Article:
Philadelphia Tackles Gentrification
A plan to shift Philadelphia to a property tax system based on market values, known as the Actual Value Initiative (AVI), could have devastating effects on long-time residents of areas of the city that are now booming. According to Lucey and Ransom, legislation that will be introduced next week by Councilmen Jim Kenney and Mark Squilla seeks to protect those most at risk of the effects of gentrification.
"Under Kenney and Squilla's proposal, owner-occupiers who have been in their homes for a decade or more could be forgiven part of their tax bill. Their legislation caps taxation at three times the market value assigned the house when you bought it. So if you bought a house 20 years ago that the city said was worth $40,000, under AVI you could be taxed at a valuation of no more than $120,000, even if your house is now valued at $400,000. The tax forgiveness would last until you sold the house or the title changed hands."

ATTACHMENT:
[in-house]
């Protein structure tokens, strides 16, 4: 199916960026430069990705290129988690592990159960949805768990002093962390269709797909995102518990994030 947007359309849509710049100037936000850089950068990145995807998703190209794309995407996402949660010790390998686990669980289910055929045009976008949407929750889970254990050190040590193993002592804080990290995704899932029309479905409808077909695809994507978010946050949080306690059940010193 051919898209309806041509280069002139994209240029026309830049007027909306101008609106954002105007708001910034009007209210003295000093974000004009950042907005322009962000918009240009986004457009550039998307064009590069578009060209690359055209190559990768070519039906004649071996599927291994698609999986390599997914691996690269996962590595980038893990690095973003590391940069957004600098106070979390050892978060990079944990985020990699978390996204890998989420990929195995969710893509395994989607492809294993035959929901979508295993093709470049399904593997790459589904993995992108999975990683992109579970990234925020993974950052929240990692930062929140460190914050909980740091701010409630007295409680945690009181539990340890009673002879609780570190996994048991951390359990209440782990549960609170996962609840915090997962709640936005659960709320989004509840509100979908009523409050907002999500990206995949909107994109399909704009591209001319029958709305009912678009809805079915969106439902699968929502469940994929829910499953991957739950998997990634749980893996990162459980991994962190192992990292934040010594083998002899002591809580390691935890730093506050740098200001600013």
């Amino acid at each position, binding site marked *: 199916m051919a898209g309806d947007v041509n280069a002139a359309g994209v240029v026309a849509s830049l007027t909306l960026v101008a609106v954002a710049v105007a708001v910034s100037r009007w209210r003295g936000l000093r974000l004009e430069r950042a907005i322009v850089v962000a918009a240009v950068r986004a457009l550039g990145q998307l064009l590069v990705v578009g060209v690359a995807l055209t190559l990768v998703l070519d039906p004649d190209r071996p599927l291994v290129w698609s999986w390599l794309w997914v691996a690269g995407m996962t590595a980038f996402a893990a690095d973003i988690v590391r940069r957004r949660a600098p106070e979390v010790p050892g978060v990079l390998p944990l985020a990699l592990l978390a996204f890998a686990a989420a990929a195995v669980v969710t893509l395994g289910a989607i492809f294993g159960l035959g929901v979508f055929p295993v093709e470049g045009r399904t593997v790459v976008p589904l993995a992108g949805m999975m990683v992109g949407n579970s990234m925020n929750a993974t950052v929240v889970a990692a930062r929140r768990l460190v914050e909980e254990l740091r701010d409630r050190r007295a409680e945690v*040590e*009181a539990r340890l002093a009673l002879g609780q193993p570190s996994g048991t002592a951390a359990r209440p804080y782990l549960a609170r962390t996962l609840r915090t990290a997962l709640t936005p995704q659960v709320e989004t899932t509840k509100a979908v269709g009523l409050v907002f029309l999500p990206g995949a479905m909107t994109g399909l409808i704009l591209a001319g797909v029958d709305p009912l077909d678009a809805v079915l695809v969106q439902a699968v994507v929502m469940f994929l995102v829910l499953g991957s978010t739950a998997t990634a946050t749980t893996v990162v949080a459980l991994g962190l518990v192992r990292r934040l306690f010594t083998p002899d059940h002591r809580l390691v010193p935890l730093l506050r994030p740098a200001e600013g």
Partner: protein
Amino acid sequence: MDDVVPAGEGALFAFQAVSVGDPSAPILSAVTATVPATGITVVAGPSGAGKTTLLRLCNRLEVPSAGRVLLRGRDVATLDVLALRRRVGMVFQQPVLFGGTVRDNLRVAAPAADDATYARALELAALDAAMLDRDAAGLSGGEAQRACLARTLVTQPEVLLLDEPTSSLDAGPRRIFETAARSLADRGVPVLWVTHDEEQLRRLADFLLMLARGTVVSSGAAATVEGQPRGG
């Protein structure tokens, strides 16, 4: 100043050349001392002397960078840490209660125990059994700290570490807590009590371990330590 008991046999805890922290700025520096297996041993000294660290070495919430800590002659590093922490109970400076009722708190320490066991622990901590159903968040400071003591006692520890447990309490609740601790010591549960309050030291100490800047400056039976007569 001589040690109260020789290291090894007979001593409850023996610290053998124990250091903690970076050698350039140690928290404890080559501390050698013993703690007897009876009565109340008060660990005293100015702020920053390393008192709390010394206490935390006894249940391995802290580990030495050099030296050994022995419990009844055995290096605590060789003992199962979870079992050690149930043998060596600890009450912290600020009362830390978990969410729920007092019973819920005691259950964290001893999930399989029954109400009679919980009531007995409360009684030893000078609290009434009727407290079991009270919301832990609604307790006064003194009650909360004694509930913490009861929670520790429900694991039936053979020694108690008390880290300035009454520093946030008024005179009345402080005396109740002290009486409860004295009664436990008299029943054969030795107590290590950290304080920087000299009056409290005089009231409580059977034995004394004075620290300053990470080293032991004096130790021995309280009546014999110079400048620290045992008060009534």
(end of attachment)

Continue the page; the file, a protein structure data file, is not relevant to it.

"Kenney said about 30,000 residents could qualify for relief, in neighborhoods that include Fishtown, Northern Liberties, Queen Village and Graduate Hospital."